it’s all happening!

As many of you may now know, Benison, Sam and me are moving at the end of the year to Berry, a beautiful small town two hours’ drive south from Sydney. Benison’s parents have lived there for many years, and all of us have grown to love the town and area over our regular visits over the years.

Sam’s take on our tree-change has been in the usual Sam-style.

‘Will I have my own room?’

‘Will I be able to take my video collection?’

‘You’re not going to throw out any of my stuff are you?’

Also on the radar is the release of Sam’s Best Shot (Allen & Unwin), the book about our epic Africa journey. While all the stories on the blog are contained in the book, there was, of course, a lot more involved with the trip, and that will be revealed in the book, which is being released in late July.

The last piece of news is to announce the launch of my new parenting website  Here you will see regular blogs on parenting and development issues, such as how to handle tantrums, how to communicate with children and how to foster a good relationship with your child. Also available for purchase on the website is my comprehensive book on children and children’s health, kidsense.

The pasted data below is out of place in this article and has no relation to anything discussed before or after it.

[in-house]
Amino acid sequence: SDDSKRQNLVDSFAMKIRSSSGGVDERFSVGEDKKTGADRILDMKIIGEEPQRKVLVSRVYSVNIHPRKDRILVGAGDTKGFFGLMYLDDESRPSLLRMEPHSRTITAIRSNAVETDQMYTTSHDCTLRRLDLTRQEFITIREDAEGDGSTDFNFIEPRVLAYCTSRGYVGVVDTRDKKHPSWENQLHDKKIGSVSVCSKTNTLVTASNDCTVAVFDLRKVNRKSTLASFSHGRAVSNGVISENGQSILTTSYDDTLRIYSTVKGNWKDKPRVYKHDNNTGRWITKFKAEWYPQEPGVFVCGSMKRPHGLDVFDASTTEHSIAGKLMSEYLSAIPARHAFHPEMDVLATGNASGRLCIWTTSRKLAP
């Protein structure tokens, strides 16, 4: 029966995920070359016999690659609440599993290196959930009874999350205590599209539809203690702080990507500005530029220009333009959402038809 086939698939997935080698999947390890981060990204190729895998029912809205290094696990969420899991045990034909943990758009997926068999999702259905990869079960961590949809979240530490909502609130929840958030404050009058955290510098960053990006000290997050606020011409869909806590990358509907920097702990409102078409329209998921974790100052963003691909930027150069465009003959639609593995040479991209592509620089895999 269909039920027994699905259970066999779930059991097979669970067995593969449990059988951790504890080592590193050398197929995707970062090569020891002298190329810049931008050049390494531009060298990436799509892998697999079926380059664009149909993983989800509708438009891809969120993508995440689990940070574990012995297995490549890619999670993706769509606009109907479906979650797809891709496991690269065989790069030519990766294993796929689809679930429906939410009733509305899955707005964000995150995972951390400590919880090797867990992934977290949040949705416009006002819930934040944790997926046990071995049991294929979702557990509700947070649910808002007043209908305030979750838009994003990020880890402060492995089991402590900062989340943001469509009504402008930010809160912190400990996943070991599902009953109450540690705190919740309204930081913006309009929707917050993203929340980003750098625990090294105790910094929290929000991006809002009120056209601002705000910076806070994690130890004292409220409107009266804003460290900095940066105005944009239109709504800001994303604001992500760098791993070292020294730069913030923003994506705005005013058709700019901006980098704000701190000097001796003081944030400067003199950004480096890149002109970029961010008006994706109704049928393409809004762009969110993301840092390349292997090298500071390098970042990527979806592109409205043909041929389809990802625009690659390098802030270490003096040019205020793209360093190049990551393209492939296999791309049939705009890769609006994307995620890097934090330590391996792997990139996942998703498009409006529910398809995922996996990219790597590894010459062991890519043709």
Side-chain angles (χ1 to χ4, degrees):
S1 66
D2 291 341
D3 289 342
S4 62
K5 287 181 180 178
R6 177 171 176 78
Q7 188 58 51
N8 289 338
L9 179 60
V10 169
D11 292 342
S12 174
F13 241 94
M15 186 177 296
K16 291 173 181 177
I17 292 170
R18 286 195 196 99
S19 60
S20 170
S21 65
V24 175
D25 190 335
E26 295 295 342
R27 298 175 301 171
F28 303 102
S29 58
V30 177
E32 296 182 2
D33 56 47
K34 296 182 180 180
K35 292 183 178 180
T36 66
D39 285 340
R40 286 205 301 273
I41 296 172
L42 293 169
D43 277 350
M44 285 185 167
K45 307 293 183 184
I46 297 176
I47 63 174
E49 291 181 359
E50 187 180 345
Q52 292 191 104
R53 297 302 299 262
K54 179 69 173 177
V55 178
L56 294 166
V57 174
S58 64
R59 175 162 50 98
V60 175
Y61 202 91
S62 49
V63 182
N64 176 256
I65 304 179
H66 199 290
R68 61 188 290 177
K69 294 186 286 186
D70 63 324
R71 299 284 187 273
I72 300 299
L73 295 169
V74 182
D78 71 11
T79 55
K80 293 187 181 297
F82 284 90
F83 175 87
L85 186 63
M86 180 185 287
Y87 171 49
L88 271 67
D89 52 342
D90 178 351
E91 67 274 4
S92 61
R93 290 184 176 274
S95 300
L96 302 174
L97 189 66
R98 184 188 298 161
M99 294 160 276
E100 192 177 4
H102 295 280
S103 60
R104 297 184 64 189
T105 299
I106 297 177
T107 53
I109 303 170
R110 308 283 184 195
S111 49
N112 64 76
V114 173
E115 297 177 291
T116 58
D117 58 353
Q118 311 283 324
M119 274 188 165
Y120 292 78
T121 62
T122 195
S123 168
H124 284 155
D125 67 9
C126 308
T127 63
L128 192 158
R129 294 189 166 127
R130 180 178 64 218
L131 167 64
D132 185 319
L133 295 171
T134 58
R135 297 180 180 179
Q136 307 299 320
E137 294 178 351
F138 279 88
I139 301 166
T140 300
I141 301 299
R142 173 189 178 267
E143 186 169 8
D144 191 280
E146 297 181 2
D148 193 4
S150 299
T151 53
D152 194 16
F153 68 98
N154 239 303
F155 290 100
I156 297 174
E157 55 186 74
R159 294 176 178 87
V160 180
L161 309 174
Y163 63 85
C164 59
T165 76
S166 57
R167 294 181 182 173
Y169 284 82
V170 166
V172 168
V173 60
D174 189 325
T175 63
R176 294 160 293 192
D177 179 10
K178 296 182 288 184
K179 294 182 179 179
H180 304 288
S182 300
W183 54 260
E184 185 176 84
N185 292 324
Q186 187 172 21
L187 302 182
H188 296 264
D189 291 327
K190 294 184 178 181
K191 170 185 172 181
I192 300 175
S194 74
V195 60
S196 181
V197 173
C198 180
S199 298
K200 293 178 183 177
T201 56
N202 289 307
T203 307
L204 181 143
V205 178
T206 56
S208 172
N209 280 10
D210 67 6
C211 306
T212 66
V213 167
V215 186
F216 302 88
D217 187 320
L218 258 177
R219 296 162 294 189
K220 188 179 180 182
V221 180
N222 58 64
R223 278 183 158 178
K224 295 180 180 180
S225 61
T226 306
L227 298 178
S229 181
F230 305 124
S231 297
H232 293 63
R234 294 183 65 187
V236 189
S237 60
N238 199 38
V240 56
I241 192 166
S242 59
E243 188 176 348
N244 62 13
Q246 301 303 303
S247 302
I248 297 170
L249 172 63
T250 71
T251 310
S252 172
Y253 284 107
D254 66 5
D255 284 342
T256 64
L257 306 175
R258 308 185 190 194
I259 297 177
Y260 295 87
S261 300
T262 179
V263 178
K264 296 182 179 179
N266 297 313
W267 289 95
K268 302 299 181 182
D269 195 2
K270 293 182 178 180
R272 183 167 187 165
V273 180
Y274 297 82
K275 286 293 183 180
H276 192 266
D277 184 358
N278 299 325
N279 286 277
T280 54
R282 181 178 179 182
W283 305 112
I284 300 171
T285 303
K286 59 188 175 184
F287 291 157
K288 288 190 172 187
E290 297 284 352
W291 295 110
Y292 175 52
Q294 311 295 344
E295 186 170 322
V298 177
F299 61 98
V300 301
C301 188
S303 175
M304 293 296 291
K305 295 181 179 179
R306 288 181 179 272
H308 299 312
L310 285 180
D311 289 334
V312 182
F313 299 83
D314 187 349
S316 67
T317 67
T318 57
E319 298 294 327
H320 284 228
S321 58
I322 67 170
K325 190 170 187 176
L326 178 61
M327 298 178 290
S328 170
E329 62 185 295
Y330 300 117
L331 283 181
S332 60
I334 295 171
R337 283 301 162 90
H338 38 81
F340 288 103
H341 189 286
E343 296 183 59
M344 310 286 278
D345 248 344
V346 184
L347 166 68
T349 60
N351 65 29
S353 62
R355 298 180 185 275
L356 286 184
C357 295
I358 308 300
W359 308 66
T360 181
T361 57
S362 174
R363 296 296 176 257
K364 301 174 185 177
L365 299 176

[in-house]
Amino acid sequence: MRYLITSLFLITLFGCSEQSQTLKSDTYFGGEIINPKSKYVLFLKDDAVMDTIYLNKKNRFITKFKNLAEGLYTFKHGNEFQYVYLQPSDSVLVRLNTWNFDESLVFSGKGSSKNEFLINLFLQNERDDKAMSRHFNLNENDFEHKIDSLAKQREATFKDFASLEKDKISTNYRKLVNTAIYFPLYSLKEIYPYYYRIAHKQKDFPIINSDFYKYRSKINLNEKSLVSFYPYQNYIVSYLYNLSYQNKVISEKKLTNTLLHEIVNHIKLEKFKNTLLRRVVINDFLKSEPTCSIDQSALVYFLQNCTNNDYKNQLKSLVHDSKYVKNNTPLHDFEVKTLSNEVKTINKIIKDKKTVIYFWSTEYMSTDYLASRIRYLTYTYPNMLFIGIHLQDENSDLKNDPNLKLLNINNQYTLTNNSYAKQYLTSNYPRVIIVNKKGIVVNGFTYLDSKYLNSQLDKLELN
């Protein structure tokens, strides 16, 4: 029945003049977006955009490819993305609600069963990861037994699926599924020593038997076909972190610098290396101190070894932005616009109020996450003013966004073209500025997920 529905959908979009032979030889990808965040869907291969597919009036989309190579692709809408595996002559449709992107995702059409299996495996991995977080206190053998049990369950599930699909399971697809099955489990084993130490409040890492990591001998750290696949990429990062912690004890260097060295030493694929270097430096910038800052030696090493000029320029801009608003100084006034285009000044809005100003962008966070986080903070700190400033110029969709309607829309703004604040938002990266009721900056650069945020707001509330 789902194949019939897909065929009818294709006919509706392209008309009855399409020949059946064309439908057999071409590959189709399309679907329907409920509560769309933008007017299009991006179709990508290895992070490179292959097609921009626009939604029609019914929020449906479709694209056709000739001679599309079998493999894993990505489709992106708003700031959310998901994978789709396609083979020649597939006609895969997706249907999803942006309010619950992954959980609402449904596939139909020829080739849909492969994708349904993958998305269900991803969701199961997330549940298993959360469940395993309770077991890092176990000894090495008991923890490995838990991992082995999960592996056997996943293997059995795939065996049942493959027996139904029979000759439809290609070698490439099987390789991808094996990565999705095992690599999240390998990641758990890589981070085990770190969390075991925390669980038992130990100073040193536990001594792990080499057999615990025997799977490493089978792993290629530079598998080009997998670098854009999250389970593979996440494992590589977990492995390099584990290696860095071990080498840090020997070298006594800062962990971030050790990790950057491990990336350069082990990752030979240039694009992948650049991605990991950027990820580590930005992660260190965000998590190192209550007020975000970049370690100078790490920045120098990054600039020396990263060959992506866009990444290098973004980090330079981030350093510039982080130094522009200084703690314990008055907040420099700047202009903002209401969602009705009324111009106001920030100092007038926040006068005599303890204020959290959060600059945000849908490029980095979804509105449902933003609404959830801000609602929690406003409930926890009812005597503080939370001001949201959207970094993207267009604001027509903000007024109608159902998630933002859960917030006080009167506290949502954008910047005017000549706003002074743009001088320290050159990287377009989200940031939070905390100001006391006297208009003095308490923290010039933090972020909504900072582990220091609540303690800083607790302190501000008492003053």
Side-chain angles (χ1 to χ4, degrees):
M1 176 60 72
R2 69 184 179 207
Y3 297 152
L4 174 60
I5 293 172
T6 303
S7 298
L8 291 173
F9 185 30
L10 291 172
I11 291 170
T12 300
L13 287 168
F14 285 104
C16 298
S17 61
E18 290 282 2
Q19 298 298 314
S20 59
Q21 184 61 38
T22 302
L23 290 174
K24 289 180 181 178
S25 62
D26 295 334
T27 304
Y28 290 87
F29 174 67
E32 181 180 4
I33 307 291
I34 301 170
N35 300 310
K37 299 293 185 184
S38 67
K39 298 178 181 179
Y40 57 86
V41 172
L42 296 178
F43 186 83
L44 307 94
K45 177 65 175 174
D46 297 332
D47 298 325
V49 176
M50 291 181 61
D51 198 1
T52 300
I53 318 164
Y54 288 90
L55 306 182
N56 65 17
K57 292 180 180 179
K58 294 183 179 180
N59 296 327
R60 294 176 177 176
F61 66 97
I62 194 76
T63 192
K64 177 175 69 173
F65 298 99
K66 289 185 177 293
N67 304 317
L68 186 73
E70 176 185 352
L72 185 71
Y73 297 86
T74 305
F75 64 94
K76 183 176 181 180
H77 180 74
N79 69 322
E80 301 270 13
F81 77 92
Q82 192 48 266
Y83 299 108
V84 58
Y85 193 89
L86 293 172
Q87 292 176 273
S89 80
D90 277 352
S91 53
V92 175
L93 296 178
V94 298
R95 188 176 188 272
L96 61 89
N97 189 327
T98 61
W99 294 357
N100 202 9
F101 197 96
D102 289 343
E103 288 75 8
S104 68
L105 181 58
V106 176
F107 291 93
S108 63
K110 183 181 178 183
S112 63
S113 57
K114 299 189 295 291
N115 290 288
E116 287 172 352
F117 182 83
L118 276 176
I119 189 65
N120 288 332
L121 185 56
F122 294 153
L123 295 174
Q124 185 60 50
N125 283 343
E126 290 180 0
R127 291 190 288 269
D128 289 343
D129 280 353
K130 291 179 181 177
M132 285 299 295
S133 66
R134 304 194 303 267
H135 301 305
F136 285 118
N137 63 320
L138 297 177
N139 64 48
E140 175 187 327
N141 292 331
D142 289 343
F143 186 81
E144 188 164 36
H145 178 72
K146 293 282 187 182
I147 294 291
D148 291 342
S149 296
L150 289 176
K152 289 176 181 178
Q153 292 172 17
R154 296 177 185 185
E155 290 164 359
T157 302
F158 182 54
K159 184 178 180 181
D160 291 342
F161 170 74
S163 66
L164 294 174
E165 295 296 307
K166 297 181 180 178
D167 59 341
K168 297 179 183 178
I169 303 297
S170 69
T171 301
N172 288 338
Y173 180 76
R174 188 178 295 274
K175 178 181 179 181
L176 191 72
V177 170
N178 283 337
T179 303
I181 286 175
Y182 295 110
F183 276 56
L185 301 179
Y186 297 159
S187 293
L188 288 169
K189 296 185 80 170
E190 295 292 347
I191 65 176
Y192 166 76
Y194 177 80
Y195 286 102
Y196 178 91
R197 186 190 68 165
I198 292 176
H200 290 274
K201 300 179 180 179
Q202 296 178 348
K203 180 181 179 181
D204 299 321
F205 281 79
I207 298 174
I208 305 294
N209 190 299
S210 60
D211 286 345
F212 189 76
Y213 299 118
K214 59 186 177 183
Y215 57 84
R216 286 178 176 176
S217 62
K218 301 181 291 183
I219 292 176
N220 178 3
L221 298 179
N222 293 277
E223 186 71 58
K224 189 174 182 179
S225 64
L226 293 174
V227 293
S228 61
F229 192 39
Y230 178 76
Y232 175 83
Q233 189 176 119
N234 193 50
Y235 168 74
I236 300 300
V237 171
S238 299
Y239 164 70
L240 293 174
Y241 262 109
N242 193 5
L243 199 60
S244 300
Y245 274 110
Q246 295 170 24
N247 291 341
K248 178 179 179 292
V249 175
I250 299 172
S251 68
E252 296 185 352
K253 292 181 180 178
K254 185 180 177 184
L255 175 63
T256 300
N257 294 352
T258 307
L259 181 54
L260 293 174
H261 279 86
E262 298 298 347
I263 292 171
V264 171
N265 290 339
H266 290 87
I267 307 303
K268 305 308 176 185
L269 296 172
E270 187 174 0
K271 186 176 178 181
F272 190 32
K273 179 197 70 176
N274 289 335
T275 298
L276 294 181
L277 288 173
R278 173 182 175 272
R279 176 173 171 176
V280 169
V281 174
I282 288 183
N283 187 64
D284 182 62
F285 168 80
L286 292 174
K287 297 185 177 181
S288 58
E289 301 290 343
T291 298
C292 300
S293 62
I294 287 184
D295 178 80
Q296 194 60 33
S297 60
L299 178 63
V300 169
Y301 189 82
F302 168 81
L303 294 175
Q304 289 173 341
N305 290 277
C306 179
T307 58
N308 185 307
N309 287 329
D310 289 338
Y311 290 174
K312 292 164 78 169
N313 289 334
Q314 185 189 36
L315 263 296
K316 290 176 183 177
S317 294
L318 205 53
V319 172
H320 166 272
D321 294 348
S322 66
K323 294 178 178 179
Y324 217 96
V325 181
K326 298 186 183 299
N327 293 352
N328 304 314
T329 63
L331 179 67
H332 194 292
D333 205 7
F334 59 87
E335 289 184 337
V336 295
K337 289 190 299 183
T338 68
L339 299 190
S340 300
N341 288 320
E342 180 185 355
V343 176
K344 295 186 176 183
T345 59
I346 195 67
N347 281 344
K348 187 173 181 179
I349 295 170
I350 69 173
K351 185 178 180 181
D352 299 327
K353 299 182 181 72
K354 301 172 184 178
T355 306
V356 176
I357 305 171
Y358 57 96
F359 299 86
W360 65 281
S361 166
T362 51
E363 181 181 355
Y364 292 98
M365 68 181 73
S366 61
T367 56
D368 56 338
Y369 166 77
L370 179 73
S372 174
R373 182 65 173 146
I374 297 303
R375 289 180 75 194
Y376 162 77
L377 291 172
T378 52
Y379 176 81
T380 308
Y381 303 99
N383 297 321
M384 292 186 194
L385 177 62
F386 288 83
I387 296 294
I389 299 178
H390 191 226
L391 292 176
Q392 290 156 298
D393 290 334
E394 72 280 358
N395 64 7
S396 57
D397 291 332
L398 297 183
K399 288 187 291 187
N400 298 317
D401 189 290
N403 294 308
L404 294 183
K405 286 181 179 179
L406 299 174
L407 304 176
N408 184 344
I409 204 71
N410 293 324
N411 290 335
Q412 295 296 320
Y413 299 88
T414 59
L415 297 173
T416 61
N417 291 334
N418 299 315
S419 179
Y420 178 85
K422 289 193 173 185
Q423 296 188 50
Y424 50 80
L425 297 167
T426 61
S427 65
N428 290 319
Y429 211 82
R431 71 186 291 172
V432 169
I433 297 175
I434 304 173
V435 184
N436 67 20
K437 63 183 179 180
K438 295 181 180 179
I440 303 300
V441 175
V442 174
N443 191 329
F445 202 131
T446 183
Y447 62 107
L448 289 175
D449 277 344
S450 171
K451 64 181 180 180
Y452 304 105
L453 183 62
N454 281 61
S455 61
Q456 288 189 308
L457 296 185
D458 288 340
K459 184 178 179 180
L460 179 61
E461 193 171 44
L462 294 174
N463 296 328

So, that’s enough from us for now! Here’s to Berry, and here’s to fun with our kids.

Namibia revisited – Part 2

The next day we caught up with Michael and Petra again, as they took us to a farm, 50 kilometres from Windhoek of some friends, Martina and Frank, where we joined them for their weekly ritual of a walk with Michael’s favourite horse he has known since early childhood.

The short walk taken by the troupe, which included three dogs and Frank and Martina’s young grandchildren, headed through the spectacular arid landscape, spotting some dassies, small thickset mammals living in a rocky outcrop, and red hartebeest scurrying away from us in the thornbush scrub. We then chilled over breakfast on the verandah, with brotchen, wurst, kudu salami and herbal tea, evidence of our hosts’ German descent. Sam chatted and tolerated the challenging new foods well, but refused my attempts to teach him a few German words, telling me in no uncertain terms he wanted to stick to English.

With the emotional hurdle of camping in Etosha over and done with, Sam’s tension was easing. While he still counted down the days until our departure, he was talking positively about Africa and our trip, even saying he was enjoying himself.  Sam’s autism and anxiety are inextricably linked – the more anxious he is, the more withdrawn he becomes.  When his anxiety lessens, this allows his personality to shine through.